I recognise Helen’s comments also. While calling a person a ‘w__’ was a regular event, and shamefully I did it also, it was not done with hate or fear, just an ongoing reference to difference, and undoubtedly placing them on a lower pedestal in the process, but I was too young to understand.
            There is much more hate in it now, much more threat of violence. While I learned to understand that acceptance meant not calling out difference (as well as not thinking it!) I also assumed that the rest of the country was growing up as I did.
            I now tend to think that was an error, thinking that my experience was the common one. Perhaps a bit of both.

    2. mikeb

      Well I reckon every country is racist up to a point and Australia is nowhere near the top nor bottom of that list. I’m first generation Australian with non-anglo migrant parents but experienced little direct racism. Admittedly we were neither black nor muslim which no doubt helped a lot. There was unintentional racism which we sucked up – mainly because we knew it wasn’t nasty. My elderly mother said only the other day how glad she is that Australia accepted her and my late father and she lives in a country where she gets virtually free health care and medicine and the nurses look after her so well. I got goosebumps a little when she said that.

  10. Woofle

    I reckon that things are changing.
    I remember in the 1960s that if a protestant person married a roman catholic person, it was called a “mixed marriage”.

    1. Helen Razer

      I remember in the 1970s we had politicians like Al Grassby who were well regarded and Black Power activists like Gary Foley who were given a far fairer hearing on news. I also remember my father telling me that to use the “w—” word was unacceptable, as all people were equal and to imply they were not was an offence not only to logic, but to the safety of the building sites on which he was a foreman. 17 nations worked in these spaces together at any one time. The union of the labourers provided translation services, and took the voices of non English speakers into account.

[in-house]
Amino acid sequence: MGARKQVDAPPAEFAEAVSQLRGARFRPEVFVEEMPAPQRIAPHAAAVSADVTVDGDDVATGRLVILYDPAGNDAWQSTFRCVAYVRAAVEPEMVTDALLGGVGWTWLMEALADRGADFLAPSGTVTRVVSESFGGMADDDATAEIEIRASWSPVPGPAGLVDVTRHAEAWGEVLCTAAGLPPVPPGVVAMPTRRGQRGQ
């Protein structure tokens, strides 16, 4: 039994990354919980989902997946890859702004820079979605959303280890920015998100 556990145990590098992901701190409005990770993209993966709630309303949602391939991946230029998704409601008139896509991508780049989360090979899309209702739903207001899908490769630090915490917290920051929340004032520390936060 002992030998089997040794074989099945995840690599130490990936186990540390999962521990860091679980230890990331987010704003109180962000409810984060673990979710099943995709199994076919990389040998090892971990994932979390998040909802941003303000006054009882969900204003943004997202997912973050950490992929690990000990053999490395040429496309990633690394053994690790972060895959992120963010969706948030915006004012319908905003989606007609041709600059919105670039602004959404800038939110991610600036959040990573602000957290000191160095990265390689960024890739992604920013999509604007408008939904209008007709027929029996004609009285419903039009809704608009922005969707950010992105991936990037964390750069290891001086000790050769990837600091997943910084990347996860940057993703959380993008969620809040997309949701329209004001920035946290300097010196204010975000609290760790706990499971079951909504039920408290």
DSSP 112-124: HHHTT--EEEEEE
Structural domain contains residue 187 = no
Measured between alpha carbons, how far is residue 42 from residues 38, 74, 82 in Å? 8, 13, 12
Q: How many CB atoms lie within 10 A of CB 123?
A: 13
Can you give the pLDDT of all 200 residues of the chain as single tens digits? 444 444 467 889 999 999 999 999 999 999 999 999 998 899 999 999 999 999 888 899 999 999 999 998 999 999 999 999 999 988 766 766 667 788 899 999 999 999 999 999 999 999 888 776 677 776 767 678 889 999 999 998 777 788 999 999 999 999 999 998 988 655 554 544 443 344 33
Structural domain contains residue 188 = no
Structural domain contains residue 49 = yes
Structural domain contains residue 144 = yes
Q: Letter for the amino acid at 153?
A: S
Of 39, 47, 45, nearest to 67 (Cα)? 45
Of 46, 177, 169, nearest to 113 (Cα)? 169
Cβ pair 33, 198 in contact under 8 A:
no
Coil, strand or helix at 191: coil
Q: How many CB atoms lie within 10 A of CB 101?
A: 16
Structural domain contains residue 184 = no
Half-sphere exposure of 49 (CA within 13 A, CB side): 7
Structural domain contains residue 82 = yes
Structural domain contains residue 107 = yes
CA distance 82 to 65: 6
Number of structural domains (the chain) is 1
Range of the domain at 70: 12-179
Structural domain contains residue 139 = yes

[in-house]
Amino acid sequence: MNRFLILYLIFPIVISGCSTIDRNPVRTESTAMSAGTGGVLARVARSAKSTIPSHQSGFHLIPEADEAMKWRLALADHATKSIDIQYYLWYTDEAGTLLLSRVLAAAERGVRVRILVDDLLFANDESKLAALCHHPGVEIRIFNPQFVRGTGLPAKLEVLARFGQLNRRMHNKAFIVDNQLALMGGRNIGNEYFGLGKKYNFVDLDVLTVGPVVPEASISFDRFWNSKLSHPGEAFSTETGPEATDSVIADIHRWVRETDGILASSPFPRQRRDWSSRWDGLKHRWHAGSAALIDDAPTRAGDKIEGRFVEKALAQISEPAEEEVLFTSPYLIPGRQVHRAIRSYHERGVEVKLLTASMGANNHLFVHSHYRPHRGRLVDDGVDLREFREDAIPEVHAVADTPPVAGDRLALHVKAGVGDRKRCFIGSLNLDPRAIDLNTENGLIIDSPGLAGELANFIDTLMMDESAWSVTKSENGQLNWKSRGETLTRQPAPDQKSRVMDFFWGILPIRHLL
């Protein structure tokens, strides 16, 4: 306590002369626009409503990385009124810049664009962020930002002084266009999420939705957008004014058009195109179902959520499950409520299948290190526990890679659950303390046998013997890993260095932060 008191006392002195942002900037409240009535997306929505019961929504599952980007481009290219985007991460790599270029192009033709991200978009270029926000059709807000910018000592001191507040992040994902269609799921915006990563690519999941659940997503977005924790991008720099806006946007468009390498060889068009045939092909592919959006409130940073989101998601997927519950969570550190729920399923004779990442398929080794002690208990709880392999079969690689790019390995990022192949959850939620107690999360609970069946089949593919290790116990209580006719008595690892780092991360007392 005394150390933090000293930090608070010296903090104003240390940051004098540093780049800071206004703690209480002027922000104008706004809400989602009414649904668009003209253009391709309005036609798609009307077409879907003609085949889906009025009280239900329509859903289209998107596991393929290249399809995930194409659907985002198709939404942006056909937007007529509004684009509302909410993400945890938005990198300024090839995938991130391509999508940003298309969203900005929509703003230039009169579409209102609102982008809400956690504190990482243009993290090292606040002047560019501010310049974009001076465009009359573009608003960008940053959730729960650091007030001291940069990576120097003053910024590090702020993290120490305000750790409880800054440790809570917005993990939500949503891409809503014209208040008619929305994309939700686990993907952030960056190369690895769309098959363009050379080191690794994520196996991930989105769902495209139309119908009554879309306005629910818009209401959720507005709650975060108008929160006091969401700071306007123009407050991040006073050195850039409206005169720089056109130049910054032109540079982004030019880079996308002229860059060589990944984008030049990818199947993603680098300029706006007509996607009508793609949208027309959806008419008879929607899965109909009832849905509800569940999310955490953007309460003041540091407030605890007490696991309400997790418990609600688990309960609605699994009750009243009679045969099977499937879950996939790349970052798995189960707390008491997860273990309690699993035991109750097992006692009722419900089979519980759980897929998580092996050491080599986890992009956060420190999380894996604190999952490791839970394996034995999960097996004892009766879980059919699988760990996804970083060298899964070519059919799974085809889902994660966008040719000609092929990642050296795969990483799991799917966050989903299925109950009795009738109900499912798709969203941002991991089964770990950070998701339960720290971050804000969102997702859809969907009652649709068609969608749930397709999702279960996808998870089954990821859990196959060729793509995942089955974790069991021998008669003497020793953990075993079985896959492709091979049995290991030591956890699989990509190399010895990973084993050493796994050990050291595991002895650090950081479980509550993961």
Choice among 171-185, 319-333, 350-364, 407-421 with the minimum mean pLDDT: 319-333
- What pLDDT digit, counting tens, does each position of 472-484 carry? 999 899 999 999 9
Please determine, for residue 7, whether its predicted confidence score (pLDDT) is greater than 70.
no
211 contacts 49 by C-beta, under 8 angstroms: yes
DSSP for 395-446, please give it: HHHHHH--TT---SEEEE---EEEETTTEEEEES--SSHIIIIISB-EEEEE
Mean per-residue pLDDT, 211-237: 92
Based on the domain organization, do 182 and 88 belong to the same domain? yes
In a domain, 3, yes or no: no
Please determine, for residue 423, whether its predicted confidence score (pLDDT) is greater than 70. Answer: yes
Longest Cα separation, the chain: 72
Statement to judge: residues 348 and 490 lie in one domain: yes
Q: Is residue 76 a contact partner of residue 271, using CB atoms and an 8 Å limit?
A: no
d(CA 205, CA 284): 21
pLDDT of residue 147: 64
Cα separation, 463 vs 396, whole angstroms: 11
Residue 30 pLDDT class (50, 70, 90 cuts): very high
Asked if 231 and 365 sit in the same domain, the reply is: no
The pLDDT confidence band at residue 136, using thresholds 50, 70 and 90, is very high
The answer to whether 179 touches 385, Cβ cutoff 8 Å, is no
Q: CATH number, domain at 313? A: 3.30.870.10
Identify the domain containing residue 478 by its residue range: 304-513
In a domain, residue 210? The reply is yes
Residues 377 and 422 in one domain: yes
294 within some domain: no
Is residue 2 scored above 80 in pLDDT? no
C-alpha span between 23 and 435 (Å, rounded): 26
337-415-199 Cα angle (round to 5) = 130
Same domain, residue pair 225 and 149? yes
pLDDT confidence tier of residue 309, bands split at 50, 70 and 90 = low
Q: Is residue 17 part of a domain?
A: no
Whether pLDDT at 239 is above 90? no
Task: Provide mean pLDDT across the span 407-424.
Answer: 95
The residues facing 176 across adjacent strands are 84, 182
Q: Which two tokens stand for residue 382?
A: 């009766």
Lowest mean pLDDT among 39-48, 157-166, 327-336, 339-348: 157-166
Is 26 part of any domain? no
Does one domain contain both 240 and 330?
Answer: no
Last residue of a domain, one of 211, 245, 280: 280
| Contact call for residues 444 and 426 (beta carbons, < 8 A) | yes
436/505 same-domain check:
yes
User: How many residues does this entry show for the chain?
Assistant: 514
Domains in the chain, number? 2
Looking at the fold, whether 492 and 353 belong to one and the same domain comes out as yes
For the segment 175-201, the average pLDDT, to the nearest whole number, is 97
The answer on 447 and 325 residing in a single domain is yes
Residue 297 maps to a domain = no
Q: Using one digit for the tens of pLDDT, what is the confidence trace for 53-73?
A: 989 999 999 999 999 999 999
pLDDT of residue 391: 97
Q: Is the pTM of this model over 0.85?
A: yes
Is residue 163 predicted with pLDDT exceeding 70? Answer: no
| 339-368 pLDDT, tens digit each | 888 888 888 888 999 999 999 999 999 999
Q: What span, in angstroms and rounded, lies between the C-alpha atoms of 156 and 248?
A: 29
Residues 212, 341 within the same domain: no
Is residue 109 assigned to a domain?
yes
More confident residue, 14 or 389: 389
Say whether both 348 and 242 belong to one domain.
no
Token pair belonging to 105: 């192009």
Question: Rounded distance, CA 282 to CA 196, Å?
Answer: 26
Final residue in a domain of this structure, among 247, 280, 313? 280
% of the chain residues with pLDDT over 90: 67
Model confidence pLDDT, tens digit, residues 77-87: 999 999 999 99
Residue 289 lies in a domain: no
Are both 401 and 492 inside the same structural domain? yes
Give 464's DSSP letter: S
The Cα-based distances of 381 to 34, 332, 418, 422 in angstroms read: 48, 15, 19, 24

You’re right that some things have changed for the better. But, when I contrast Australia of the present to my childhood, I wish to be back in the seventies again. It wasn’t perfect, sure. But the sounds of Anglo Celtic Europeans grumbling about funny cooking smells were, in my memory, about as bad as it got. There was racism, but it also felt, even for many radical adults at the time, that we were headed toward a time of enormous and positive cultural change.
      And, look where we are. Wealth equality is in the lav, and brutal foot soldiers like those in the video are manipulated into taking their numb anger out on others by the political class. All the better for them if it can be a privileged Muslim. This suits their fantasy that no one is having a harder time than they are, and the foreigners are to blame.
      You’re right that some stuff has improved. But so very many things have descended. I have never seen racism so visible in so many places in my life. And, I’m white, so it must be pretty extreme for me to see it.